What will London’s Housing Market Look Like In 30 Years? Will the current generation of twenty somethings become a nation of renters? Will London’s boundaries increase beyond the M25? Will property prices have quadrupled? Of course no-one has a crystal ball but we try to answer some of these questions below.
The trend over the past few years across the capital has been an involuntary tenure shift away from owner occupation towards private renting as is prevalent in other European economies such as Germany. In the short to medium term we believe that this trend will continue unabated as evidenced in Price Waterhouse Coopers 2015 UK economic forecast; this projects that there will be an additional 1.8 million private rented households across the UK by 2025 continuing an overall trend in which the proportion of private rented tenure housing has doubled to around 20% since 1981.
In the longer term whether this tenure shift continues depends on the level of regulation imposed across the UK housing market. The current shift in tenure has resulted from a lack of affordability, of which the main indicator, house price to earnings ratio, has now reached unprecedented levels in several parts of the capital. The problems are all too apparent, on the supply side we are not building enough new homes and in addition as a result of an ageing population the number of existing houses that come on the market for sale each year have almost halved to just over a million since the late 1980’s. On the demand side our islands population is growing, the last time there were this many people living in London was in 1939. This leads to a trend of migration out of the centre and price growth further afield where barriers to entry are lower.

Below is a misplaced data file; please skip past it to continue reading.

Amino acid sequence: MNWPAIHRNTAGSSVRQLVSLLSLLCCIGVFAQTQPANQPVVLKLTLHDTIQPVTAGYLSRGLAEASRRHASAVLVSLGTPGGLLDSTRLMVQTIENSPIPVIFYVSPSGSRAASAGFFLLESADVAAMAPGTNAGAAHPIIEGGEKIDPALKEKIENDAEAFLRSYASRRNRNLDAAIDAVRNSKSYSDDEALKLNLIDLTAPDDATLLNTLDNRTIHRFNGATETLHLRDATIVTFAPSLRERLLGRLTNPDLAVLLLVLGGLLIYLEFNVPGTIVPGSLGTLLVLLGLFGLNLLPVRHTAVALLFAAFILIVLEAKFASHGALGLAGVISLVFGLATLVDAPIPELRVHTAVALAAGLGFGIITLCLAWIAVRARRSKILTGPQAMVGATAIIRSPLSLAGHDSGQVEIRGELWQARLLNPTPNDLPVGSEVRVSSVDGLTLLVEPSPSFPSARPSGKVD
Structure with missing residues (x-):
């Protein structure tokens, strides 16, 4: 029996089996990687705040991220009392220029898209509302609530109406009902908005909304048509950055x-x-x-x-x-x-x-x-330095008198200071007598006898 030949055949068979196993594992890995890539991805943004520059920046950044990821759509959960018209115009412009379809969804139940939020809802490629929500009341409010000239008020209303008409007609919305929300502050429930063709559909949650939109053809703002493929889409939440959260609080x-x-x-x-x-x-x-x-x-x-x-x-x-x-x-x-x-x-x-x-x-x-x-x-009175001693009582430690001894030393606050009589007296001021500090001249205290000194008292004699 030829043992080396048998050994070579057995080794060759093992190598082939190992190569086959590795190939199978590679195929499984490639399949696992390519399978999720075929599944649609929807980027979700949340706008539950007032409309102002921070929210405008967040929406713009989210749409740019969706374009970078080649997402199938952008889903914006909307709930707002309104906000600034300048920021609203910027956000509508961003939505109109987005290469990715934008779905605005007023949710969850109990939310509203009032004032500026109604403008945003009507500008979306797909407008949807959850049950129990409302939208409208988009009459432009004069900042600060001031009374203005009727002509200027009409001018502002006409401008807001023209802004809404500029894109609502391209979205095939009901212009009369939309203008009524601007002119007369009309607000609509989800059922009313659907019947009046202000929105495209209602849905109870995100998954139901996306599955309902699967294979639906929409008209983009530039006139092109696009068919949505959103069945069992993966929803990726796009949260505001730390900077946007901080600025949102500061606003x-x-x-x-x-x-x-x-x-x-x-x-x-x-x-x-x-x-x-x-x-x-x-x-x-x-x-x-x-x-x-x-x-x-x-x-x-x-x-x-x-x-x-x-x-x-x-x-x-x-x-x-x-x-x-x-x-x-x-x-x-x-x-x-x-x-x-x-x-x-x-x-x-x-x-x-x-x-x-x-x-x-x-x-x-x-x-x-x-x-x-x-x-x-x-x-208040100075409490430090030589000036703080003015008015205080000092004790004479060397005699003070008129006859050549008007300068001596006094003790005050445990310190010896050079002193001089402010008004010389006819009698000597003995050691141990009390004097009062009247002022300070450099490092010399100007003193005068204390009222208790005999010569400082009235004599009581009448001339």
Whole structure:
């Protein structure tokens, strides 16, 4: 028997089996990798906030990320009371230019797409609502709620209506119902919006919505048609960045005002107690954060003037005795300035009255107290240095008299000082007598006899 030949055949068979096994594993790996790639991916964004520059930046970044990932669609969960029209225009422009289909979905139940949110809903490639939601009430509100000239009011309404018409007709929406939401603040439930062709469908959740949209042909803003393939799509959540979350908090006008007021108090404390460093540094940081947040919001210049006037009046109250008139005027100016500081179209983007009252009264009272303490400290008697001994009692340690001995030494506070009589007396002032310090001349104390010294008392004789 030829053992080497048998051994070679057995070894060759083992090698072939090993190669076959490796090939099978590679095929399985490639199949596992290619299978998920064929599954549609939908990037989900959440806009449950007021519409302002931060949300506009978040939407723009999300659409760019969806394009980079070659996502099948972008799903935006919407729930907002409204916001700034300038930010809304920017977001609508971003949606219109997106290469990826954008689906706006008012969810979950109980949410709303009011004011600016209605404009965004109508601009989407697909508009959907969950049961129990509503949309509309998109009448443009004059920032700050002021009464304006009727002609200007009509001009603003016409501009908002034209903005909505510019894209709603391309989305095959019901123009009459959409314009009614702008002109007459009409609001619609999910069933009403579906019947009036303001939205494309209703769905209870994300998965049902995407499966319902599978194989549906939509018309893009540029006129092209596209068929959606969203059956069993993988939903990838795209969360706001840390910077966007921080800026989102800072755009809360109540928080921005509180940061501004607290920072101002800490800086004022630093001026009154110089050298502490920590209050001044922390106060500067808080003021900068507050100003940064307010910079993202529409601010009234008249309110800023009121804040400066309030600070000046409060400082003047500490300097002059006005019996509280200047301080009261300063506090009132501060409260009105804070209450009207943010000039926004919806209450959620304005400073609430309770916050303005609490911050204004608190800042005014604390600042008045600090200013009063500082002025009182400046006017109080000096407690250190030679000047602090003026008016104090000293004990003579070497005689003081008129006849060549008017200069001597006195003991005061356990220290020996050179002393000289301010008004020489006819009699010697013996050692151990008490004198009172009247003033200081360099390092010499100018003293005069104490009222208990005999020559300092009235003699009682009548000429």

The likelihood is that the proportion of private tenure housing will continue to diminish across the capital in the long term, and that property that is privately owned will become increasingly debt free. Successive governments must therefore ensure that there is sufficient legislation to protect tenants’ rights as well as those of the landlord. The German model provides an excellent case study, just under half of the population rent, security of tenure is provided to each tenant unless the contract is breached. In addition there is typically a minimum lease length of two years and certain cities have limitations on the amount that rent can be increased.
Not all of the effects from becoming a nation of renters however will be negative, we believe that multi-generational households may mean that elderly are better cared for and we will become a more family oriented altruistic society. The fact remains however that living in a multi-generational house should be a choice rather than a necessity. We also believe that a growing population will act as a catalyst driving vital infrastructure projects across metropolitan areas where London’s boundaries have continued expanding.